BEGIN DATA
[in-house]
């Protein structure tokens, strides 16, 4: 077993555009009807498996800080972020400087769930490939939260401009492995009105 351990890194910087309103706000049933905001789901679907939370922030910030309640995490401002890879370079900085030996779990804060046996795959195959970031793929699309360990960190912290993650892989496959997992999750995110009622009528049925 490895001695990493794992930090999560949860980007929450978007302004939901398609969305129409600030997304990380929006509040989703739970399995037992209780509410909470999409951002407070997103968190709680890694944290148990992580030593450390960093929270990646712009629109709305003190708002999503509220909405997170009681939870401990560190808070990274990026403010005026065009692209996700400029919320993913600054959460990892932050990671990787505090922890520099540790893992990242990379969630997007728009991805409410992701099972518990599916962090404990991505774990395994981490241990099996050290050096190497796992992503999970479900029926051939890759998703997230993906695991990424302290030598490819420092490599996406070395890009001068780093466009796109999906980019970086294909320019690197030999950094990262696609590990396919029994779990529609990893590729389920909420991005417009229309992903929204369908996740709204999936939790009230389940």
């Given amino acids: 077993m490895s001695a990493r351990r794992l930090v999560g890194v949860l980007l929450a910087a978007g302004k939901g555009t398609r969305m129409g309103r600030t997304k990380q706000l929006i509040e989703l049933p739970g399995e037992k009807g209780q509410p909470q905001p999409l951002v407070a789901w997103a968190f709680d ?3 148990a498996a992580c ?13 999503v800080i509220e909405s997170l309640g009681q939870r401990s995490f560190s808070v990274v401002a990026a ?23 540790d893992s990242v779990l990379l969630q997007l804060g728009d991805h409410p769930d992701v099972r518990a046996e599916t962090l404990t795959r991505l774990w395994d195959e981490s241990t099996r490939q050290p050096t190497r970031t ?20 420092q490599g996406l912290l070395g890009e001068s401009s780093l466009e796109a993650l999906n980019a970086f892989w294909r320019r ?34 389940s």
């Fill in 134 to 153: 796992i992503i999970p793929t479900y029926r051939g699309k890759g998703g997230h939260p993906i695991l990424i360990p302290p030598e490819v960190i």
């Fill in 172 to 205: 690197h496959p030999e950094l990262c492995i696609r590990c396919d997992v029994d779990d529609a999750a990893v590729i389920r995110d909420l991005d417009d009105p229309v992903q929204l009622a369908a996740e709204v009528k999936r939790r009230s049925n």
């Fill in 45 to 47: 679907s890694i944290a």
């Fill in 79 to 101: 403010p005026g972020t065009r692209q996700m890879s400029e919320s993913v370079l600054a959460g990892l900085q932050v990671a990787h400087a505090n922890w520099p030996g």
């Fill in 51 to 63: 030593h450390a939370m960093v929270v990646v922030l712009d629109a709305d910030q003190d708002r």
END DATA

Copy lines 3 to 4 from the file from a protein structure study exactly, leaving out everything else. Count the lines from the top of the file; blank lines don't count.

């Given amino acids: 077993m490895s001695a990493r351990r794992l930090v999560g890194v949860l980007l929450a910087a978007g302004k939901g555009t398609r969305m129409g309103r600030t997304k990380q706000l929006i509040e989703l049933p739970g399995e037992k009807g209780q509410p909470q905001p999409l951002v407070a789901w997103a968190f709680d ?3 148990a498996a992580c ?13 999503v800080i509220e909405s997170l309640g009681q939870r401990s995490f560190s808070v990274v401002a990026a ?23 540790d893992s990242v779990l990379l969630q997007l804060g728009d991805h409410p769930d992701v099972r518990a046996e599916t962090l404990t795959r991505l774990w395994d195959e981490s241990t099996r490939q050290p050096t190497r970031t ?20 420092q490599g996406l912290l070395g890009e001068s401009s780093l466009e796109a993650l999906n980019a970086f892989w294909r320019r ?34 389940s």
């Fill in 134 to 153: 796992i992503i999970p793929t479900y029926r051939g699309k890759g998703g997230h939260p993906i695991l990424i360990p302290p030598e490819v960190i």